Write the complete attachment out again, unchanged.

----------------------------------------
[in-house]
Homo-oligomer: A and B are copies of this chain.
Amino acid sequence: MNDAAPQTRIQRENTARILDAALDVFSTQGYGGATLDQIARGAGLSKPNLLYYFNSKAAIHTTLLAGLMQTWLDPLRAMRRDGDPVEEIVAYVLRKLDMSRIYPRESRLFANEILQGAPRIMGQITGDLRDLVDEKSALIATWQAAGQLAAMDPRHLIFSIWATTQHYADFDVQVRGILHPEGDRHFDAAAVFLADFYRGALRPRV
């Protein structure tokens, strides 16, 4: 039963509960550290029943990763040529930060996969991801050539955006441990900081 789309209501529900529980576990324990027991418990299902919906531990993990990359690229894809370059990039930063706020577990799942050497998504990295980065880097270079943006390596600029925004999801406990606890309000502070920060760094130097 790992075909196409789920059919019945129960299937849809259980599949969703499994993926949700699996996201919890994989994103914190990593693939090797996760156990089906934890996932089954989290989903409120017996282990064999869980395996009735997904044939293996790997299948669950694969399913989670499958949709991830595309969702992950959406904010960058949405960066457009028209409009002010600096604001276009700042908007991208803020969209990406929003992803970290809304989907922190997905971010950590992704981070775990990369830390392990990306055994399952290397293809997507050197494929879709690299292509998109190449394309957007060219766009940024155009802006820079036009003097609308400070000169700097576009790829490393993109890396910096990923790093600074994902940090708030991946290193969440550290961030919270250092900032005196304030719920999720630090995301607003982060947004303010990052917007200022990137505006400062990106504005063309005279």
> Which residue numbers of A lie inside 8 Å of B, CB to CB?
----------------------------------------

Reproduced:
[in-house]
Homo-oligomer: A and B are copies of this chain.
Amino acid sequence: MNDAAPQTRIQRENTARILDAALDVFSTQGYGGATLDQIARGAGLSKPNLLYYFNSKAAIHTTLLAGLMQTWLDPLRAMRRDGDPVEEIVAYVLRKLDMSRIYPRESRLFANEILQGAPRIMGQITGDLRDLVDEKSALIATWQAAGQLAAMDPRHLIFSIWATTQHYADFDVQVRGILHPEGDRHFDAAAVFLADFYRGALRPRV
């Protein structure tokens, strides 16, 4: 039963509960550290029943990763040529930060996969991801050539955006441990900081 789309209501529900529980576990324990027991418990299902919906531990993990990359690229894809370059990039930063706020577990799942050497998504990295980065880097270079943006390596600029925004999801406990606890309000502070920060760094130097 790992075909196409789920059919019945129960299937849809259980599949969703499994993926949700699996996201919890994989994103914190990593693939090797996760156990089906934890996932089954989290989903409120017996282990064999869980395996009735997904044939293996790997299948669950694969399913989670499958949709991830595309969702992950959406904010960058949405960066457009028209409009002010600096604001276009700042908007991208803020969209990406929003992803970290809304989907922190997905971010950590992704981070775990990369830390392990990306055994399952290397293809997507050197494929879709690299292509998109190449394309957007060219766009940024155009802006820079036009003097609308400070000169700097576009790829490393993109890396910096990923790093600074994902940090708030991946290193969440550290961030919270250092900032005196304030719920999720630090995301607003982060947004303010990052917007200022990137505006400062990106504005063309005279």
> Which residue numbers of A lie inside 8 Å of B, CB to CB?